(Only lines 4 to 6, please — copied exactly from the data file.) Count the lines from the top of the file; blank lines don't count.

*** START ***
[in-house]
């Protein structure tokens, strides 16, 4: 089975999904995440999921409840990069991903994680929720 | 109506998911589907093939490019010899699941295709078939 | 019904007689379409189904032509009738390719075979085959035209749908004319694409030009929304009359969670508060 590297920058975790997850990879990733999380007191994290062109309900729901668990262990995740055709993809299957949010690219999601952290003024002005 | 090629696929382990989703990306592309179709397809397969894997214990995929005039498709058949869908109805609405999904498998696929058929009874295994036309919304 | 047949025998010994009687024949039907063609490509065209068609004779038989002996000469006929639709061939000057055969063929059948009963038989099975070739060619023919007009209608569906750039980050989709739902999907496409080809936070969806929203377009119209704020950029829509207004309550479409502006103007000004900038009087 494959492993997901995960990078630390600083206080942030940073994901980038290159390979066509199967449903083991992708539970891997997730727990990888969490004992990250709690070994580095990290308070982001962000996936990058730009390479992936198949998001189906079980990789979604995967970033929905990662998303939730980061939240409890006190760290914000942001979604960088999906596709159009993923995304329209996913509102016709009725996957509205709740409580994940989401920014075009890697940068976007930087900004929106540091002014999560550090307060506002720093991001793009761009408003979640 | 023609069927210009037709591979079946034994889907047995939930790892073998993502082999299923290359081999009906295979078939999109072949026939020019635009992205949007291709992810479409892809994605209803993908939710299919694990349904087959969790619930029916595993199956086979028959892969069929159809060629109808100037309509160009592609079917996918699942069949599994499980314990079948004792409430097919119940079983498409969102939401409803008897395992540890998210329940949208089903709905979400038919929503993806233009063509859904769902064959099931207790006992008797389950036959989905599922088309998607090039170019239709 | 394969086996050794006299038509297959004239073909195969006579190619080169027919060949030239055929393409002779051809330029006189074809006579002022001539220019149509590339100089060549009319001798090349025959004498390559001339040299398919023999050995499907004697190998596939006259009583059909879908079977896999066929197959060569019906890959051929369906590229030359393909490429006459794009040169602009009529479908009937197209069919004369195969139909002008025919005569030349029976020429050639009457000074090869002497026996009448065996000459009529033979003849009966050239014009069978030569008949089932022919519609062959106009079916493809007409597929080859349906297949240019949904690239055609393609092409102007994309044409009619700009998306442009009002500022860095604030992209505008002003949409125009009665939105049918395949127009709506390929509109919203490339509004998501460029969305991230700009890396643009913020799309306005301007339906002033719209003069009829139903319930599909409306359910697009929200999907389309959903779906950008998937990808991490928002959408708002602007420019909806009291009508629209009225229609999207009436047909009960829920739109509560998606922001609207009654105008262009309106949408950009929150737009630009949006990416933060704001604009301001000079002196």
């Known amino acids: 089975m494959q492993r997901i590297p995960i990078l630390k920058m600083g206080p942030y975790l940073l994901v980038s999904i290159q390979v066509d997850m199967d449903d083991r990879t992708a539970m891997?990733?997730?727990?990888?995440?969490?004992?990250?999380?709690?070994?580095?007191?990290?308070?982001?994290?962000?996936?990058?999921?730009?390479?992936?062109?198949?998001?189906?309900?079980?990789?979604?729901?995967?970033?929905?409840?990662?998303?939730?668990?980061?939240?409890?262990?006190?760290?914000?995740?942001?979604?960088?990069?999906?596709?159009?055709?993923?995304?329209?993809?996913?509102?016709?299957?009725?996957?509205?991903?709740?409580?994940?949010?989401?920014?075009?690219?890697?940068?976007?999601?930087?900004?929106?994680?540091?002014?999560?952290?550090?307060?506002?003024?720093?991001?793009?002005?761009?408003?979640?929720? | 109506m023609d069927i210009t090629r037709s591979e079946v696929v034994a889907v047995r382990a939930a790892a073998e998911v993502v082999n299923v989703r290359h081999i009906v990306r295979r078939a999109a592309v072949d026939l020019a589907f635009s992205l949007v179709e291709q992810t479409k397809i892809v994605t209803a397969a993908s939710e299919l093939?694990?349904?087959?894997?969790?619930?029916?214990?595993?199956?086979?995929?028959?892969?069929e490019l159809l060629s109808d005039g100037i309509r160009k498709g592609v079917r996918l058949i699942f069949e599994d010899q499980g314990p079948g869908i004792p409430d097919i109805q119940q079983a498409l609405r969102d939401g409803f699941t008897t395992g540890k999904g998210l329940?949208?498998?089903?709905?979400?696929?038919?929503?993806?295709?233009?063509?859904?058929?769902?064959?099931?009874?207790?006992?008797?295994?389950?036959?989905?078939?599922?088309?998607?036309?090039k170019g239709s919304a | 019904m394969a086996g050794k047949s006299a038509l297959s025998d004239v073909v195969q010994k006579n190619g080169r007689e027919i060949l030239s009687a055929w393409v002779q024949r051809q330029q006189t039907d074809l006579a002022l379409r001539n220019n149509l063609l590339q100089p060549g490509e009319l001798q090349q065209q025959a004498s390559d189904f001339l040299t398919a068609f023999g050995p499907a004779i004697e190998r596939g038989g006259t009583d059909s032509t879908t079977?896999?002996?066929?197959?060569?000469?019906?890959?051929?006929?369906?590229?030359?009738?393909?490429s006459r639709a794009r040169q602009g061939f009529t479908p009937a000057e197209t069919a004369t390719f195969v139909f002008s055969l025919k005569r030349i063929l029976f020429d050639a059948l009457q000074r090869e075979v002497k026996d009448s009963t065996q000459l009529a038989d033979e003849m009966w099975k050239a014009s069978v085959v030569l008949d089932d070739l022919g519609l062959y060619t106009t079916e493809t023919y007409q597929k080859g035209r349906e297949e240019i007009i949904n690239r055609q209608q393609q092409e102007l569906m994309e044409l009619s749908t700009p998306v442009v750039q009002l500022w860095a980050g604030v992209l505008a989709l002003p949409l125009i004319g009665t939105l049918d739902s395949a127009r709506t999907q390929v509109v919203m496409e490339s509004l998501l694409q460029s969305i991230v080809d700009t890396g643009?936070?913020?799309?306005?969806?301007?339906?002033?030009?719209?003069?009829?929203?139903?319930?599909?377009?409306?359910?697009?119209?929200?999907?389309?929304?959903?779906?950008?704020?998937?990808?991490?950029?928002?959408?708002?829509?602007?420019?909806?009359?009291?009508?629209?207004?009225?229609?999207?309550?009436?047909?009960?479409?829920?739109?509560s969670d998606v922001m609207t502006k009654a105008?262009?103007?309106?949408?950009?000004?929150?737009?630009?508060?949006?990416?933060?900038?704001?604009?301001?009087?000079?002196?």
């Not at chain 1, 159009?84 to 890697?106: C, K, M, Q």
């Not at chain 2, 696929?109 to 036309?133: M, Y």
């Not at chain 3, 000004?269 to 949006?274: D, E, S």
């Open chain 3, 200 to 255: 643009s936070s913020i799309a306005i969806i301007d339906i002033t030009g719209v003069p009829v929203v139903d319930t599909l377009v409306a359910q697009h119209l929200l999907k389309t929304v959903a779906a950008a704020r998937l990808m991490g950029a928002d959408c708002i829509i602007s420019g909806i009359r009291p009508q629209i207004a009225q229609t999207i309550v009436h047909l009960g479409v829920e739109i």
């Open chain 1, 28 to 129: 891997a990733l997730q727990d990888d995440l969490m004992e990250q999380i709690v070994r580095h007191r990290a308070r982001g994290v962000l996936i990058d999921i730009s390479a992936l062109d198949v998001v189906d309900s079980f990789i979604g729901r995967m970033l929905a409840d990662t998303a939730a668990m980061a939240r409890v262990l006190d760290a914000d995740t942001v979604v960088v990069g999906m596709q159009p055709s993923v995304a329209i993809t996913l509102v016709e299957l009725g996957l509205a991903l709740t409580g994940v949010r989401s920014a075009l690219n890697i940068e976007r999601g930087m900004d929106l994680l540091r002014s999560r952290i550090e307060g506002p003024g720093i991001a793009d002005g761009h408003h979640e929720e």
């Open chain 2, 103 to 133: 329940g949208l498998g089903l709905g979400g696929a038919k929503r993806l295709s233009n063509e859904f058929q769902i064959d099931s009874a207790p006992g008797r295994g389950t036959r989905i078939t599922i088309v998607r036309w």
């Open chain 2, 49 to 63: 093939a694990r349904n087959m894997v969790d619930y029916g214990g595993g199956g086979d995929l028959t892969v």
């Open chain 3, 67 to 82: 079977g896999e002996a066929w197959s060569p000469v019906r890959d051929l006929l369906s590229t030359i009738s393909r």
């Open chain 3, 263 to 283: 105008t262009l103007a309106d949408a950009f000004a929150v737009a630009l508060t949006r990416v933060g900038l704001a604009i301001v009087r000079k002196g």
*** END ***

């Not at chain 1, 159009?84 to 890697?106: C, K, M, Q």
């Not at chain 2, 696929?109 to 036309?133: M, Y």
């Not at chain 3, 000004?269 to 949006?274: D, E, S």